Pyramid of Amenemhat I

The pyramid of Amenemhat I is an Egyptian burial structure built at Lisht by the founder of the Twelfth Dynasty of Egypt, Amenemhat I. This structure returned to the approximate size and form of Old Kingdom pyramids. It also established a new tradition though of giving each component structure in the pyramid complex its own unique name. The structures together were known as “The places of the appearances of Amenemhat”.

Archaeological evidence suggests that Amenemhat started to build his pyramid at Thebes but for unknown reasons switched his capital and the location of his pyramid to Lisht (1991–1778 BC).[6] The pyramid upon its completion rose to a height of 55 m, with a base length of 83 m and a slope of 54 degrees. The core of the pyramid was made with small rough blocks of local limestone with a loose fill of sand debris and mud brick. Some of the limestone was stripped from other monuments – blocks of stone from the pyramids of Khufu, Khafre, Unas and Pepi II (or possibly Pepi I) have been found in the pyramid. Inside the pyramid a sloped shaft blocked with granite plugs upon burial ran from the ground level entrance chapel to a vertical shaft that descended directly to the burial chamber. The overall construction of the pyramid was poor and little of it remains today. Around the pyramid were found tombs of high officials serving the king. These include the tombs of the high steward Nakht, the treasurer Rehuerdjersen and the vizier Intefiqer.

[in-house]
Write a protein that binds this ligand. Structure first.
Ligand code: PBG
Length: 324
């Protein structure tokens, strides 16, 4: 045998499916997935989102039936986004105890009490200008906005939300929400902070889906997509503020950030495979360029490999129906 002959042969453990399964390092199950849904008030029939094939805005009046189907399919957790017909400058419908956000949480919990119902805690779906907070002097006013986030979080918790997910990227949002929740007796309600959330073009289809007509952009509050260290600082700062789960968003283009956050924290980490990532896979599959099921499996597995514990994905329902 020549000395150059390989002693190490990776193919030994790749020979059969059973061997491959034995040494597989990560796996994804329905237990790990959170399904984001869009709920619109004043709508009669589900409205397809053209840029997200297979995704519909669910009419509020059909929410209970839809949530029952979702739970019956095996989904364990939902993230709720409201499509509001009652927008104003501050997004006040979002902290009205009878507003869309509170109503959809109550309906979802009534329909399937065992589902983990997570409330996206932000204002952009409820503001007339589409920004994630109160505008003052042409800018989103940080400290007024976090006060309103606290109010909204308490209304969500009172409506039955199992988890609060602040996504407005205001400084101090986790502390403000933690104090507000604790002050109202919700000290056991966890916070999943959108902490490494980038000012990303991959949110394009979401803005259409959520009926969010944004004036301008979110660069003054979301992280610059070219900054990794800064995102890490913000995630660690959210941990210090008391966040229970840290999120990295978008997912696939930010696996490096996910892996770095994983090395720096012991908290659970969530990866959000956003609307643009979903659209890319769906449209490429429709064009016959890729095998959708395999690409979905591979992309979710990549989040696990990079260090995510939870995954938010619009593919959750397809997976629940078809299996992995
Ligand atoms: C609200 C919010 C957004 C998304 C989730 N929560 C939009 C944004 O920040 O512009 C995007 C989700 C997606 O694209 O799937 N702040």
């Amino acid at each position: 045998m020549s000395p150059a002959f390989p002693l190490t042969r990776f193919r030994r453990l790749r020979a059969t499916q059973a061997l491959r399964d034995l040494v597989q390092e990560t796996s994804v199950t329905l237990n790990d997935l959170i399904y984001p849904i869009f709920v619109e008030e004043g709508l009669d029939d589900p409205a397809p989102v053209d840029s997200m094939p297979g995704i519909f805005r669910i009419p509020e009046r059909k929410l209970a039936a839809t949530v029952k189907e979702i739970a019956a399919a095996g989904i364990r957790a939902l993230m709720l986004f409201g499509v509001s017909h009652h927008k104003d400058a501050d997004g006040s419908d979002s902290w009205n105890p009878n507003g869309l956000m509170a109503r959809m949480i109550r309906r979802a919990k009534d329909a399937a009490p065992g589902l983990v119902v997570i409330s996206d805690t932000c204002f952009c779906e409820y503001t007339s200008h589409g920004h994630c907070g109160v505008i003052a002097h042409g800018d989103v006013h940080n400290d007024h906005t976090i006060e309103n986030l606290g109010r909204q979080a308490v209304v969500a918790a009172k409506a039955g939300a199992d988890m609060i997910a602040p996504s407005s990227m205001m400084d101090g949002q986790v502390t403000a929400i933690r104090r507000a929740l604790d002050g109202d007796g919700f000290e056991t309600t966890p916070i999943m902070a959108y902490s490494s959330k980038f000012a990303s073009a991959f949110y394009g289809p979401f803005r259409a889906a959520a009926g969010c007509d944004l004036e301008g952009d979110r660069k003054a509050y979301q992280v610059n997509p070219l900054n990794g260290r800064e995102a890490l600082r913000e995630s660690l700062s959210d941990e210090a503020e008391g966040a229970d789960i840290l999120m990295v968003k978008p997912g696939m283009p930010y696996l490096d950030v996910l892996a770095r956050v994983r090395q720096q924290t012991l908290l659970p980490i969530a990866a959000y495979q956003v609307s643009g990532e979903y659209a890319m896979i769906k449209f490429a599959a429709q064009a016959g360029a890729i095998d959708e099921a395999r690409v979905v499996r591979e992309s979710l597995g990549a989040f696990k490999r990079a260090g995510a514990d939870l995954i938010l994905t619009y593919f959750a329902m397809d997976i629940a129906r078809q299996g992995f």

The first excavation of the site was undertaken by the French Egyptologist Gaston Maspero in 1882. His work as later continued by a French archaeological expedition under the direction of J.E. Gautier and Gustave Jéquier in 1894 and 1895. The investigations were continued from 1920 to 1934 by Albert Lythgoe and Arthur Mace in a team from the Metropolitan Museum in New York City. By the time of these excavations the pyramid had undergone much disintegration and is now only 20 meters high with most of the surrounding complex gone. None of the expeditions successfully explored the interior of the pyramid due to the internal passageways being flooded with groundwater.